Original boards, uncut
Mutiny on the Bounty—Bligh’s Personal account
57. BLIGH, William. A Narrative of the Mutiny, on Board His Majesty’s Ship Bounty; and the Subsequent Voyage of Part of the Crew, in the Ship’s Boat, from Tofoa, one of the Friendly Islands, to Timor, a Dutch Settlement in the East Indies. London: George Nicol, 1790. iv, 88 pp., 4 copper-engraved plates (3 folded and on blue paper): (1) A Copy of the Draught from which the Bounty’s Launch was built; (2) Track of the Bounty’s Launch from Tofoa to Timor by Lieut. William Bligh 1789); (3) Chart of Bligh's IslandsDiscovered by Lt. William Bligh in the Bounty’s Launch..., with an inset of the northern part of New Hebrides; (4) N.E. Coast of New Holland by Willm. Bligh a Track of Lieut. Bligh in the Bounty’s Launch. 4to (31.5 x 24.5 cm; 12-3/8 x 9-3/4 inches),original boards, uncut (neatly rebacked to style at an early date, sympathetic printed paper spine label). Last plate with a bit of marginal foxing and minor offsetting to opposite text page. H1-2 with light spotting in the margins. Old paper repairs to small blank portions of first two leaves (hard to discern) and lower portion of one plate. Overall, a wonderful copy, uncut in the original boards.
First edition of Bligh's own personal account of the Bounty mutiny, "one of the most remarkable incidents in the whole of maritime history" (Hill), preceding the official account (see next entry) by some two years. Clement, Mutiny on the Bounty 1. Cox II, p. 303. Ferguson, Australian Bibliography 71. Hill I, p. 26. Hill II:233. Kroepelien 87. O'Reilly-Reitman 543. Ragatz, British Caribbean History, p. 280: “Bread-fruit trees descended from those brought back [during Bligh’s second breadfruit voyage] are to-day scattered throughout the West Indies.” Sabin 5908a. Spence A101. Wantrup 61.
That a mission so simple as to supply breadfruit to slaves in the British West Indies could have resulted in such events has made the first voyage of the Bounty and Fletcher Christian’s mutiny an endless source of speculation, books, films, and tourists' trips to the South Seas. Bligh’s account starkly contrasts the violent mutiny and grim, rigid nature of naval life to the voluptuous pleasures of Tahiti. Beginning innocently enough, the Bounty was unable to round Cape Horn because of unabated violent weather and had to cruise to Tahiti around Africa. An idyllic six months followed in Tahiti as Bligh waited for conditions to be right for the voyage to the West Indies. That leg of the voyage, however, proved disastrous to the crew's morale, and an ensuing mutiny resulted in Bligh and a few faithful crew members being set adrift in the ship's small, deeply-laden, open launch, which Bligh amazingly guided 3,618 miles to Timor and safety, with the loss of only a single man. The mutineers remaining on Tahiti were eventually captured and dealt with, whereas those who had gone to Pitcairn Island escaped, although most lost their lives in turmoil with the natives. Finally visited by British naval vessels in 1814, Pitcairn held only one remaining mutineer, John Adams, who was left there as an act of mercy.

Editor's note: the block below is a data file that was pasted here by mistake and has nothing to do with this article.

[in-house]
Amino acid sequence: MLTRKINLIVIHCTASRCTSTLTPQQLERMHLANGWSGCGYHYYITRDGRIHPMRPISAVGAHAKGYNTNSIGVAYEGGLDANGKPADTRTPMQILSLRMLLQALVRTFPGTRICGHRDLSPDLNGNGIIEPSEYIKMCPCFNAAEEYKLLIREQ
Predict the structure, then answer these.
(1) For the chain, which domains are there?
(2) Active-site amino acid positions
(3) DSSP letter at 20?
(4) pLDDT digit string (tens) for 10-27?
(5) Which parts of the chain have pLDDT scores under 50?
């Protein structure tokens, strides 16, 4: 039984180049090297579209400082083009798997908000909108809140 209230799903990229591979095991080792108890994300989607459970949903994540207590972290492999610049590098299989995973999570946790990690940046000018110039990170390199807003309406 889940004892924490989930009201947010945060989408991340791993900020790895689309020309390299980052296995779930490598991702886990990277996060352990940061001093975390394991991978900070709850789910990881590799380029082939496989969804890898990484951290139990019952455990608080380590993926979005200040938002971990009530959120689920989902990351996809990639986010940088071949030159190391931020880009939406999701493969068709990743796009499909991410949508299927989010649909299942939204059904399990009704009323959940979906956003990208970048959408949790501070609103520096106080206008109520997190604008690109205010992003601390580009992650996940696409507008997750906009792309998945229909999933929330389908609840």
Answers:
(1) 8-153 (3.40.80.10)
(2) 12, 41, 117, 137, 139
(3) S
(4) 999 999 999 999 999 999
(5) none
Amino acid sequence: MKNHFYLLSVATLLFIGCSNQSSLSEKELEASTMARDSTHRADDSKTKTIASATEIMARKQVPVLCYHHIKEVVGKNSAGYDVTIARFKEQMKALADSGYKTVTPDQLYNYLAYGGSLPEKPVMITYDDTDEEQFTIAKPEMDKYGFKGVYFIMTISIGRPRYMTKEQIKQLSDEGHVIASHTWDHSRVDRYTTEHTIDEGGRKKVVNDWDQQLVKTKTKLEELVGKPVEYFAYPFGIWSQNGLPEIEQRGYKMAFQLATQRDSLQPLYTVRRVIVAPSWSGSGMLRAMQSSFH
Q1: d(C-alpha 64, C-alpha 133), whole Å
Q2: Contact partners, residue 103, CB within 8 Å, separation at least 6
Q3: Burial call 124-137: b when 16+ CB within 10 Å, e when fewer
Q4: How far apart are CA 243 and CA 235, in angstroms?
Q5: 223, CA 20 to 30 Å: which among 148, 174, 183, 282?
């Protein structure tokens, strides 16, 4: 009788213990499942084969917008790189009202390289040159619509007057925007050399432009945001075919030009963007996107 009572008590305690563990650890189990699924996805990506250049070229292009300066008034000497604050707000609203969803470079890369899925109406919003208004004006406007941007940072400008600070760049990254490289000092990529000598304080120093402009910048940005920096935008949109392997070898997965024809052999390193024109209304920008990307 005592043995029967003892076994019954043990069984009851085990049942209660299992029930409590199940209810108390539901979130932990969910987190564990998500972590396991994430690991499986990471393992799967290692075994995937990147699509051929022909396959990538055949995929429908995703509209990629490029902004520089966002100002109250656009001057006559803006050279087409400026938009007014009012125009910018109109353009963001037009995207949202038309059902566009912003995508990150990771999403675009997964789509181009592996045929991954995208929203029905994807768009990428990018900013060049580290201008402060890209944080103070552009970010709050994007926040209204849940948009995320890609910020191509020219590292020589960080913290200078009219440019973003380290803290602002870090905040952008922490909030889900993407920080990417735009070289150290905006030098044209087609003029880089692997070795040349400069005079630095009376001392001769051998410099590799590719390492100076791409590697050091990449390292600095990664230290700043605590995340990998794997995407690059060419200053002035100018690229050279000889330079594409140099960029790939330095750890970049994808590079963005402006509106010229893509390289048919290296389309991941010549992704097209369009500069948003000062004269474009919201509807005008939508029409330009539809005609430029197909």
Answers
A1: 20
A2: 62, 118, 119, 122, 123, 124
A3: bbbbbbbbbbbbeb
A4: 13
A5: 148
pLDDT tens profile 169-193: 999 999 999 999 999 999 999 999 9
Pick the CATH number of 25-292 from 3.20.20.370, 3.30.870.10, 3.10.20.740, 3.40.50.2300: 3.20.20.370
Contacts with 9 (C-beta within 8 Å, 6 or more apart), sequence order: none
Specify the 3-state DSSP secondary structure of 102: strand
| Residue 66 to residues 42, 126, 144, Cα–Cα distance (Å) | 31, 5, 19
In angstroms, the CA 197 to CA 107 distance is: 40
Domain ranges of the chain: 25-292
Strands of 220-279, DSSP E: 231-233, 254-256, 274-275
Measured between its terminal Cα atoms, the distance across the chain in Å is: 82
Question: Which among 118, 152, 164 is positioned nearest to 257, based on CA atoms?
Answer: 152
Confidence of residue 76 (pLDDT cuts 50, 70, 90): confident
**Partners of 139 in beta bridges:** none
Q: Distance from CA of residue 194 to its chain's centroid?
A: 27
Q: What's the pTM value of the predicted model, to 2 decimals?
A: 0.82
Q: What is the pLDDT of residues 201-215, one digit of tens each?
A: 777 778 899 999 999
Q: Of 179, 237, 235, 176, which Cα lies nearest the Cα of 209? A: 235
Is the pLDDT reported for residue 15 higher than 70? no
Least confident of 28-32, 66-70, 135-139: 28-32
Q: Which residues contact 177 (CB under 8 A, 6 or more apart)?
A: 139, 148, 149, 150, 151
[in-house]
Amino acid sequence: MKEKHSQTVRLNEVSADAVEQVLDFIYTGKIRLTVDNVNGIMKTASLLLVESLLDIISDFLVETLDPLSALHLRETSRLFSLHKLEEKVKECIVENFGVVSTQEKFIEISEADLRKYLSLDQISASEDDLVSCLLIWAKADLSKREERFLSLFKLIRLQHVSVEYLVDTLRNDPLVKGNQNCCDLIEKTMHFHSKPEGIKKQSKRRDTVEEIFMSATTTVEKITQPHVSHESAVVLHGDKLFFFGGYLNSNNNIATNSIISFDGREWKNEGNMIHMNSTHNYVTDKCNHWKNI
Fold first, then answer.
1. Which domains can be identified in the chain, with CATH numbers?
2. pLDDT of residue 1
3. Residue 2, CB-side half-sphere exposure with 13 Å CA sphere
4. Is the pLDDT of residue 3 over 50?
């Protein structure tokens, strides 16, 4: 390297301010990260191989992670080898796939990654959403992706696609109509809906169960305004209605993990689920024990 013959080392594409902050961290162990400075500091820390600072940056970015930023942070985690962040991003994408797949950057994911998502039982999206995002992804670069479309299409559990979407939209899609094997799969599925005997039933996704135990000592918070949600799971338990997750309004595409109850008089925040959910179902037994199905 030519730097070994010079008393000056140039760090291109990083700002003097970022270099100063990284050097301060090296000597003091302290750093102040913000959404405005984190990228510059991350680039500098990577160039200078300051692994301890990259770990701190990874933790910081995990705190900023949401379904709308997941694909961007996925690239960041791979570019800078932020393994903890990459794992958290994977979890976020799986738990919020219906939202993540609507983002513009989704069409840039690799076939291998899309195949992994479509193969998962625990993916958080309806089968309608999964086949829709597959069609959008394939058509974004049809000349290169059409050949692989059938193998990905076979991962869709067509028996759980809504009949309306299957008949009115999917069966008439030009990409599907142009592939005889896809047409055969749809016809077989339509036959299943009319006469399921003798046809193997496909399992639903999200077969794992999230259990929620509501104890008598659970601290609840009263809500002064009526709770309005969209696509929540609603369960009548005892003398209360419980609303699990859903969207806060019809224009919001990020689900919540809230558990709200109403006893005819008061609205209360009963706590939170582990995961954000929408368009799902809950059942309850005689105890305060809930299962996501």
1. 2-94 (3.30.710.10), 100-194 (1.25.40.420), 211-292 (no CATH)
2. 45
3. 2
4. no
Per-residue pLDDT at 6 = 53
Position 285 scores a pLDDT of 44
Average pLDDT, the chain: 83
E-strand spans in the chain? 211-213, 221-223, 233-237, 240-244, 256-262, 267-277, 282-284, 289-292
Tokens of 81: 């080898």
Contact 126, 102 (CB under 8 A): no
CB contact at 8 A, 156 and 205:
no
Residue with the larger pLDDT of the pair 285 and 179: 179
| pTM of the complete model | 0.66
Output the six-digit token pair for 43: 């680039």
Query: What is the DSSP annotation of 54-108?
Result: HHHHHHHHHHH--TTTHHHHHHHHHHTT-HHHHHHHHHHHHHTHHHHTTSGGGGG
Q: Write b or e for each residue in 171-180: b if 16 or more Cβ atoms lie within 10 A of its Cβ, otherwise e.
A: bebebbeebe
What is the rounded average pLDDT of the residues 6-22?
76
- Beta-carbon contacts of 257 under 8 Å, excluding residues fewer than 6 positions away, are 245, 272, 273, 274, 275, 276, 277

Legends and interpretations have pitted a cruel Bligh against a romantic Christian, although there is argument aplenty about the historic facts. What is certain is that Bligh feared for his reputation and rushed this account into print to curry favor with the Admiralty and to forestall any negative interpretations that might be imputed to him once the mutineers were brought back to England for trial. What need not have concerned him, however, was the effect his spectacular voyage in a small boat would have on the public's imagination and his career. Quickly cleared by a court martial, Bligh, in his account of his voyage to Timor, assured his lasting fame. Bligh’s success is considered one of the most astounding feats of seamanship of all time. The modern reader can appreciate his heroic voyage simply by opening the large folded map present here to see the vast, open tracts across which Bligh had to navigate without charts. Paradoxically, despite his desperate situation, Bligh took the time to explore and map the northeast coast of New Holland (Australia), the outlines of which are first published here. "In the course of this hazardous journey Bligh took the opportunity to chart and name parts of the unknown north-east coast of New Holland as he passed along it" (Wantrup, p.128).
Bligh (1754-1817) was prepared for a career in the King’s Navy from an early childhood, and by the age of fifteen was well-versed in science and mathematics and a talented writer and illustrator. Sir Joseph Banks assisted Bligh in his appointment in 1776 as the sailing master on the HMS Resolution, the flagship of Captain Cook’s third and final voyage. Bligh owed much to Cook for assisting him in attaining the skills that enabled him to serve in the Royal Navy for the remainder of his life, and some have suggested that perhaps he was influenced by Cook’s dark side. After the deaths of Captain Cook and then Captain Charles Clerke, practically all the navigation back to England was Bligh’s responsibility. Cook’s charting of Adventure Bay off Tasmania is credited to Bligh, and all the charts made after Cook’s death were from Bligh’s originals. Bligh eventually did sail another ship on a successful mission to collect breadfruit and rose through the ranks to become an admiral, but rarely is anything he ever did after the Bounty's first voyage remembered in the public's mind. Ironically, the breadfruit brought at such cost to the British West Indies was despised by the slaves, who refused to eat it. ($20,000-30,000)
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